Tag Archives: Thyroid

What are Thyroid conditions?

Signs of Hypothyroid & Hyperthyroid

Signs of Hypothyroid (under active thyroid)

Feel tiredness all the day, constipation, pale and dry skin, brittle hair, weight gain, loss of eyebrow hair, muscle cramps, feeling cold in warm weather, joints and muscles pain, milky discharge from the breast in women, depression, Audiovisual hallucinations or paranoid, forgetfulness, loss of ambition, slowing thought and speech, increased sleepiness, depression, hard to focus or pay attention, fear of public places, exhausted, overwhelmed, mental fog, quick aging, anxiety, excessive worrying, panic attacks.

Signs of Hyperthyroid (Overactive thyroid)

Weight loss (some times weight gain), muscle weakness, less muscle mass, shakiness, eye irritation, increased thirst, intolerant, feeling warm in cold weather, hair loss, wet, sweating more than others, brittle nails, palpitations, shortness of breath, inching, irregular menstrual periods in women, less fertility, restlessness, social anxiety, guilt feelings, irritability, emotional mood swings, bipolar behavior, disorganized thinking, aggression, paranoia, losing touch with reality, uncontrollable anger, unable to stay on tasks, low job performance, unable to work together, not good team worker, usually loose the job, palms sweaty and lethargy.

These suggestion may help: Visit the doctor, eat raw but fresh washed leafy green and colourful vegetables and fruits, Take Vitamin B complex, vitamin C and E, or multi-vitamin and multi-mineral supplements, half an hour exercise daily, yogurt early in the morning (if your are not allergic with milk products), drink moderate amount of crystal clean fresh water daily.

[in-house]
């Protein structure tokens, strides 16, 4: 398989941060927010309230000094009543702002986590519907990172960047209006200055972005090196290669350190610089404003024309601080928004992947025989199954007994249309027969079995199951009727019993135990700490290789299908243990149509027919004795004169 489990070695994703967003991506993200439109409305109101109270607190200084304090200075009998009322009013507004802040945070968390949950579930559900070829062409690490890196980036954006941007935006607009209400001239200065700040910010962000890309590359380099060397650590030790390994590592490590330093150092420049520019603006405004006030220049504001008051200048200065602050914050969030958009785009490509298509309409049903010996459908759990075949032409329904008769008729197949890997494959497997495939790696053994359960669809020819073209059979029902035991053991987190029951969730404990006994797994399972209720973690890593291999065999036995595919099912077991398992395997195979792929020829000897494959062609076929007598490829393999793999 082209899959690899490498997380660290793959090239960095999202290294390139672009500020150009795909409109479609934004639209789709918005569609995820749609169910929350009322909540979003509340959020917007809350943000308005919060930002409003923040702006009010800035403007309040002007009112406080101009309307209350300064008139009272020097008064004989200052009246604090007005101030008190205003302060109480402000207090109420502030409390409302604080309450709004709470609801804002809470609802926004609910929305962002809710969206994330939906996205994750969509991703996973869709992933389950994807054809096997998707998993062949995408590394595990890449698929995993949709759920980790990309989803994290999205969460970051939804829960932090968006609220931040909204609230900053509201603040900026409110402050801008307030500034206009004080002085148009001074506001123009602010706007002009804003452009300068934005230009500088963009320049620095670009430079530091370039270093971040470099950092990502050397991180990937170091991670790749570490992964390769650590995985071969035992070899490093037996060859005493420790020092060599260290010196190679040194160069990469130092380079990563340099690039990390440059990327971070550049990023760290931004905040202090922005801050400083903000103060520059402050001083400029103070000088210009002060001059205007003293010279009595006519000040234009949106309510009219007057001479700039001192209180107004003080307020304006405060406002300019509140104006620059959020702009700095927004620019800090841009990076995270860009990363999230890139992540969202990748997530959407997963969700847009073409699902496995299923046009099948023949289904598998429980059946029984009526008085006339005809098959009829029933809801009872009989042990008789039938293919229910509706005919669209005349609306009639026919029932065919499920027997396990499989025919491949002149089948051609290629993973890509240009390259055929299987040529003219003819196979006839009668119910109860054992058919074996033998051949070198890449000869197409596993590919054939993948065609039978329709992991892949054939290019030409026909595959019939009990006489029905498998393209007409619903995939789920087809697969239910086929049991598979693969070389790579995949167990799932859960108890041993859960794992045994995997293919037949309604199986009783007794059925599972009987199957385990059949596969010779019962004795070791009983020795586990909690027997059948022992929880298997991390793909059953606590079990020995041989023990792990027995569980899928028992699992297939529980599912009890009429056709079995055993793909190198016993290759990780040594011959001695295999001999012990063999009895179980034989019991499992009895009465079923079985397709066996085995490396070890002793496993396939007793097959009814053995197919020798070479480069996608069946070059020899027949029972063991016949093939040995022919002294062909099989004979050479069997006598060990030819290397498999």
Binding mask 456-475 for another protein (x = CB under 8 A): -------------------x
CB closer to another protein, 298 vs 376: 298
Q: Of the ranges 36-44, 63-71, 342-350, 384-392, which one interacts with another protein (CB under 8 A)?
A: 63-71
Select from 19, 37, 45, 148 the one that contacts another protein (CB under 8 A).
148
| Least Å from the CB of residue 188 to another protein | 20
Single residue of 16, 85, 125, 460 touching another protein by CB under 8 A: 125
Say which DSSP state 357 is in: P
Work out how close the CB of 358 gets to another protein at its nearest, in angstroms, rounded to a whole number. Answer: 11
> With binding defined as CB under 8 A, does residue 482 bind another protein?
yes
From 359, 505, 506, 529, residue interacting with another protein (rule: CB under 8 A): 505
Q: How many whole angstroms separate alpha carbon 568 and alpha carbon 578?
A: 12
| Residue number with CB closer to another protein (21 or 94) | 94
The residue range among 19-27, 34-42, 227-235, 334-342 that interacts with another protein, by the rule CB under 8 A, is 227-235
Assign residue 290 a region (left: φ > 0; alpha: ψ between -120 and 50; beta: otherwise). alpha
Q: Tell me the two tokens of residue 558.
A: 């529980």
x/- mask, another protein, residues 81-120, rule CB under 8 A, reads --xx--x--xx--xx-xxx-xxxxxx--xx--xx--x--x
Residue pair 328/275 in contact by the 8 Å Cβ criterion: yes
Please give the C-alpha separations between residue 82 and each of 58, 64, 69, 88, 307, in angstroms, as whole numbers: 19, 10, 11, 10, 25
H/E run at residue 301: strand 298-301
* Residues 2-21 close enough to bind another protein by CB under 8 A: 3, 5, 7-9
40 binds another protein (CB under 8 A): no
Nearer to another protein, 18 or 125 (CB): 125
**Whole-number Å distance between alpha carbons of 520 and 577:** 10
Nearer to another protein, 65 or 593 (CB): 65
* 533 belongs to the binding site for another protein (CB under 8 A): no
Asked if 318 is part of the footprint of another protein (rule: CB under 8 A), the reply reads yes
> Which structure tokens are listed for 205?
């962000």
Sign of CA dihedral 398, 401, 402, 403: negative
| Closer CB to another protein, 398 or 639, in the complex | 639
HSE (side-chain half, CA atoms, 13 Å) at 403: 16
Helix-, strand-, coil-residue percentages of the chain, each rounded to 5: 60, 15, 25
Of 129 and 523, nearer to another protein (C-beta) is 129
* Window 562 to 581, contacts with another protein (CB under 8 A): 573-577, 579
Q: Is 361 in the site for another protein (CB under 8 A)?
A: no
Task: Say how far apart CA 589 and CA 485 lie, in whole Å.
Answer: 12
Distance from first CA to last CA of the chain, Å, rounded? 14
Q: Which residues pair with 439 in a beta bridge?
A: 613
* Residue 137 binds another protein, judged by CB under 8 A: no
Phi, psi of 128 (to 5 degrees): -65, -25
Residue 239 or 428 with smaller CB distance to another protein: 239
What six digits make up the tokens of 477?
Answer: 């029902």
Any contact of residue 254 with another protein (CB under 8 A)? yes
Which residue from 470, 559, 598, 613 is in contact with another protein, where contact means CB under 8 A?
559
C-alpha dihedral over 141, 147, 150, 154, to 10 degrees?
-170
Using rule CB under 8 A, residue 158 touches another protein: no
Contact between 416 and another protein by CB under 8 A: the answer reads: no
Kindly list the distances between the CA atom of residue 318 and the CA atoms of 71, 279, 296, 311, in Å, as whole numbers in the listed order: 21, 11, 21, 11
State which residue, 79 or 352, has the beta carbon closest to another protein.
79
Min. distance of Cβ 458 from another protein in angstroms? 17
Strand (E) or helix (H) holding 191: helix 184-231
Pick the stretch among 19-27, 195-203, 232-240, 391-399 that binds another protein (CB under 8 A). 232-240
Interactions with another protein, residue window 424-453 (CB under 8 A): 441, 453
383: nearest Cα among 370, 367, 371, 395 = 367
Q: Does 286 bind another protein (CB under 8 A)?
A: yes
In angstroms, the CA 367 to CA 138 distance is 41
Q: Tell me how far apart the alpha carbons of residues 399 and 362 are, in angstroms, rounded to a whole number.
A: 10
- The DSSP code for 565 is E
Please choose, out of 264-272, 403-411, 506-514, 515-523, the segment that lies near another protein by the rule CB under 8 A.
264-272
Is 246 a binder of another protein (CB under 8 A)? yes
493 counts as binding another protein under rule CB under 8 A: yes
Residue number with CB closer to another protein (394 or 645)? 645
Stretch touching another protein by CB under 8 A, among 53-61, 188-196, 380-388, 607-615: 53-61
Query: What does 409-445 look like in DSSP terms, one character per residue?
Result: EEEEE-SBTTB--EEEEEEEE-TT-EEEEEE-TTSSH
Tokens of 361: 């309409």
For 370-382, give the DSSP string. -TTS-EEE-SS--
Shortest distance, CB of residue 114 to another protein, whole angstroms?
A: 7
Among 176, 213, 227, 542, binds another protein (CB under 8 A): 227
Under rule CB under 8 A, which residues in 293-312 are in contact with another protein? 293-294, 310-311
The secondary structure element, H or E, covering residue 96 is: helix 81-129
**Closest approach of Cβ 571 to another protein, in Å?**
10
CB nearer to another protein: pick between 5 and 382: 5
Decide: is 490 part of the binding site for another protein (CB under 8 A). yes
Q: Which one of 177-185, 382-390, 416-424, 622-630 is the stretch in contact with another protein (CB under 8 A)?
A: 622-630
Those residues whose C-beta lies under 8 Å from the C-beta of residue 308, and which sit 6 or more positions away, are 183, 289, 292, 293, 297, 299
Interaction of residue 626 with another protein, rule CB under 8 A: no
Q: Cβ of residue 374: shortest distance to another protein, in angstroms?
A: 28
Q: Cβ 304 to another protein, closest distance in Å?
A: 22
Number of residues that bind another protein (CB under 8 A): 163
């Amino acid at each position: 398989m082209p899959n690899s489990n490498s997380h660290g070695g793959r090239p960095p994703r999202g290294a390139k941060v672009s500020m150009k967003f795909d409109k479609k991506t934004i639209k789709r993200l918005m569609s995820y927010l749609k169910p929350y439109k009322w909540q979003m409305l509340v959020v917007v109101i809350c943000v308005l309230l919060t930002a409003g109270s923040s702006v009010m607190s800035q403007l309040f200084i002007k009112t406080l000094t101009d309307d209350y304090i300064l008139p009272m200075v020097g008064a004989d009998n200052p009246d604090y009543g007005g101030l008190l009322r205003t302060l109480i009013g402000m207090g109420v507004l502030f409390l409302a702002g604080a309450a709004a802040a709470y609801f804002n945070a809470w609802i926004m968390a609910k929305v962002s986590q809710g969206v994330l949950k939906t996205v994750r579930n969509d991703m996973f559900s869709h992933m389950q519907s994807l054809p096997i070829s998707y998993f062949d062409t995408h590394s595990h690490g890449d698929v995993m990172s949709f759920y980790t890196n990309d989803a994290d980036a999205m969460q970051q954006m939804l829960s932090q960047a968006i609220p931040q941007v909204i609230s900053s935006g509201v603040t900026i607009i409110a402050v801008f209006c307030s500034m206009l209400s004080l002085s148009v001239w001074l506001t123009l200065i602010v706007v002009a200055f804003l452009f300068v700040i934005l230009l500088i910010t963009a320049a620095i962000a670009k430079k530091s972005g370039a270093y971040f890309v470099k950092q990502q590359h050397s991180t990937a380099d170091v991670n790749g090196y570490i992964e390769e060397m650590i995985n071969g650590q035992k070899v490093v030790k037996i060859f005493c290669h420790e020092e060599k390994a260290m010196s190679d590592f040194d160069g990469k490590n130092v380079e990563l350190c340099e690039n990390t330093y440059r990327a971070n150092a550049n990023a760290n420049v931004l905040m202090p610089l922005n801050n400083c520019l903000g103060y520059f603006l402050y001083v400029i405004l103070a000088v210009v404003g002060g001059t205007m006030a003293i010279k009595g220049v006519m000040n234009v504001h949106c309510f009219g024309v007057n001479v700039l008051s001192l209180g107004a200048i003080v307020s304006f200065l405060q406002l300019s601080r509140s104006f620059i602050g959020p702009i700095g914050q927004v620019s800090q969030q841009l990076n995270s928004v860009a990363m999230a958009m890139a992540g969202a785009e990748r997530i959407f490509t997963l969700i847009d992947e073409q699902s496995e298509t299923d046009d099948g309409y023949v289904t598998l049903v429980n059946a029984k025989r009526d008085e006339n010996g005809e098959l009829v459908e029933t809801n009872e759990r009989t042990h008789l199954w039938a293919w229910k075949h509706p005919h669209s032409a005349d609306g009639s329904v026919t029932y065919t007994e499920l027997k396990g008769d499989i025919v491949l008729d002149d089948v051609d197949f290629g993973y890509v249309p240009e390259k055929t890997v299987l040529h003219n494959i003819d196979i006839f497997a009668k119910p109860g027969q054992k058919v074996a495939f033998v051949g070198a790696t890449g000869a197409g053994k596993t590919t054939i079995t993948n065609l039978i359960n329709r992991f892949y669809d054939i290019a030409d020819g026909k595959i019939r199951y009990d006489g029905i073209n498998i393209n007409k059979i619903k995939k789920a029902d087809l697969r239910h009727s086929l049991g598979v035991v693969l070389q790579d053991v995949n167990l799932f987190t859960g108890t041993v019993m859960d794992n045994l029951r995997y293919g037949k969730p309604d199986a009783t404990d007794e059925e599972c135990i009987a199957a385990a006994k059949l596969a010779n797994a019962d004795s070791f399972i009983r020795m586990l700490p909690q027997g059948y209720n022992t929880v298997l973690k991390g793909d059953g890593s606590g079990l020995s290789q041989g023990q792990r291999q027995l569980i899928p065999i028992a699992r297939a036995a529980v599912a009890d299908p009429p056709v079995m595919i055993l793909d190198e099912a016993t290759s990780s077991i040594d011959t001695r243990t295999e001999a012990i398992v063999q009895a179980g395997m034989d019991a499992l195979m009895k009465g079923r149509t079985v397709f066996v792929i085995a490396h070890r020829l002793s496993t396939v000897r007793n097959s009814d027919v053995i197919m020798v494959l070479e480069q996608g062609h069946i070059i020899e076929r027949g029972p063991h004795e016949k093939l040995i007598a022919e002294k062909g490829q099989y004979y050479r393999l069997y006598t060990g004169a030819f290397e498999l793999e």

Iron deficiency: Who needs more iron?

Symptoms of iron deficiency– Dark circles under the eyes, fatigue and muscle weakness, increased infections, shortness of breath, heart palpitations, poor concentration, Low, listless mood, dizziness, cold hands and feet, chest pain during exercise, restless legs, feeling grumpy, Headaches and Problems concentrating or thinking. As the iron deficiency gets worse, symptoms may include: Blue color to the whites of the eyes, Brittle nails, Light-headedness when you stand up, Pale skin color, Shortness of breath, Sore tongue. Iron deficiency occurs more frequently in women than in men. Menstruating women lose iron every month, and pregnant women need to supply extra iron to their babies.

Iron deficiency and anemia- It is estimated that 400 million women in the world are anemic, and more than a billion are low in iron. Unfortunately, the billion low in iron are often unaware they are iron deficient. Iron stores (checked with a test called serum ferritin) need to be almost completely depleted before a lower red blood cell count (anemia) will develop.

One of iron’s main functions is to carry oxygen in the red blood cells to tissues throughout the body. Why do exhaustion and other deficiency symptoms set in before anemia is diagnosed? Iron is also needed to make adenosine triphosphate (ATP), the fuel for each cell. If the body is low on fuel, it won’t run optimally. Iron is also needed for variety of enzymes involved in proper brain, liver, and thyroid function; synthesis of hormones such as estrogen and progesterone; and heart health.

Who needs more iron? It isn’t jut women who need iron, however. There are increased needs during growth (children, adolescents, pregnant women); due to the menstrual cycle or increased athletic activity; when there is decreased absorption of iron ( in seniors or those with digestive problems); and in those with inadequate intake (calorie restricted diets, vegetarians, those not eating balanced meals). Iron deficiency in men is primarily found in athletes, growing boys, and seniors. More iron isn’t always better Neither iron deficiency nor iron overload is beneficial to the body. Too much iron also cause problems.

This may help in iron deficiency – Taking supplements and eating iron-rich foods are important parts of treating iron deficiency. Iron supplements (most often ferrous sulfate) are needed to build up the iron stores in your body.

Pregnant and breastfeeding women will need to take extra iron because their normal diet usually will not provide the amount they need. Iron-rich foods include: Dried lentils, peas, beans, Eggs (yolk), Fish, Meats (liver is the highest source), Soybeans, Whole-grain bread, Raisins, prunes, and apricots, Spinach, kale, and other greens.